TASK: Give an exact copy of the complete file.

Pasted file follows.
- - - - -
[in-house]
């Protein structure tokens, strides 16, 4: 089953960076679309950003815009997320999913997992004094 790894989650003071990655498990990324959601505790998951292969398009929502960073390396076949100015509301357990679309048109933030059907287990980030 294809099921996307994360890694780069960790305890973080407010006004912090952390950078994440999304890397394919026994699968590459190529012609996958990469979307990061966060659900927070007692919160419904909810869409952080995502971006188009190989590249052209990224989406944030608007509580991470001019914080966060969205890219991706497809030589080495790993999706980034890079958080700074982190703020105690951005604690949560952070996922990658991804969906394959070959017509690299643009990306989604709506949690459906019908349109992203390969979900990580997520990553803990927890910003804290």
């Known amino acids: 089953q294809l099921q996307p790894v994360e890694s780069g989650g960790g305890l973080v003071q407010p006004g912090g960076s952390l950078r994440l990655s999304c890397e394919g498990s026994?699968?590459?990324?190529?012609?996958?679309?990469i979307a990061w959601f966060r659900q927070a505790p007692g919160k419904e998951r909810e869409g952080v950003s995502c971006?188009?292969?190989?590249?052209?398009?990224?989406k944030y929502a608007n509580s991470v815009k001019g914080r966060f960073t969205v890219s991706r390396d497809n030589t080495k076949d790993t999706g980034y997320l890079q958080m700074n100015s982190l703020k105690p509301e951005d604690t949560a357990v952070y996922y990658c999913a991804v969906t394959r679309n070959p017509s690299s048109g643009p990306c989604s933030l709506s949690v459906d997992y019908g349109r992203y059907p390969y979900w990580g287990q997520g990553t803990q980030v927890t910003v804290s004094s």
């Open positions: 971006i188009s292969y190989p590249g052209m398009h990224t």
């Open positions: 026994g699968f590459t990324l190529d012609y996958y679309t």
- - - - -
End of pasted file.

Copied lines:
[in-house]
């Protein structure tokens, strides 16, 4: 089953960076679309950003815009997320999913997992004094 790894989650003071990655498990990324959601505790998951292969398009929502960073390396076949100015509301357990679309048109933030059907287990980030 294809099921996307994360890694780069960790305890973080407010006004912090952390950078994440999304890397394919026994699968590459190529012609996958990469979307990061966060659900927070007692919160419904909810869409952080995502971006188009190989590249052209990224989406944030608007509580991470001019914080966060969205890219991706497809030589080495790993999706980034890079958080700074982190703020105690951005604690949560952070996922990658991804969906394959070959017509690299643009990306989604709506949690459906019908349109992203390969979900990580997520990553803990927890910003804290």
């Known amino acids: 089953q294809l099921q996307p790894v994360e890694s780069g989650g960790g305890l973080v003071q407010p006004g912090g960076s952390l950078r994440l990655s999304c890397e394919g498990s026994?699968?590459?990324?190529?012609?996958?679309?990469i979307a990061w959601f966060r659900q927070a505790p007692g919160k419904e998951r909810e869409g952080v950003s995502c971006?188009?292969?190989?590249?052209?398009?990224?989406k944030y929502a608007n509580s991470v815009k001019g914080r966060f960073t969205v890219s991706r390396d497809n030589t080495k076949d790993t999706g980034y997320l890079q958080m700074n100015s982190l703020k105690p509301e951005d604690t949560a357990v952070y996922y990658c999913a991804v969906t394959r679309n070959p017509s690299s048109g643009p990306c989604s933030l709506s949690v459906d997992y019908g349109r992203y059907p390969y979900w990580g287990q997520g990553t803990q980030v927890t910003v804290s004094s």
């Open positions: 971006i188009s292969y190989p590249g052209m398009h990224t």
């Open positions: 026994g699968f590459t990324l190529d012609y996958y679309t």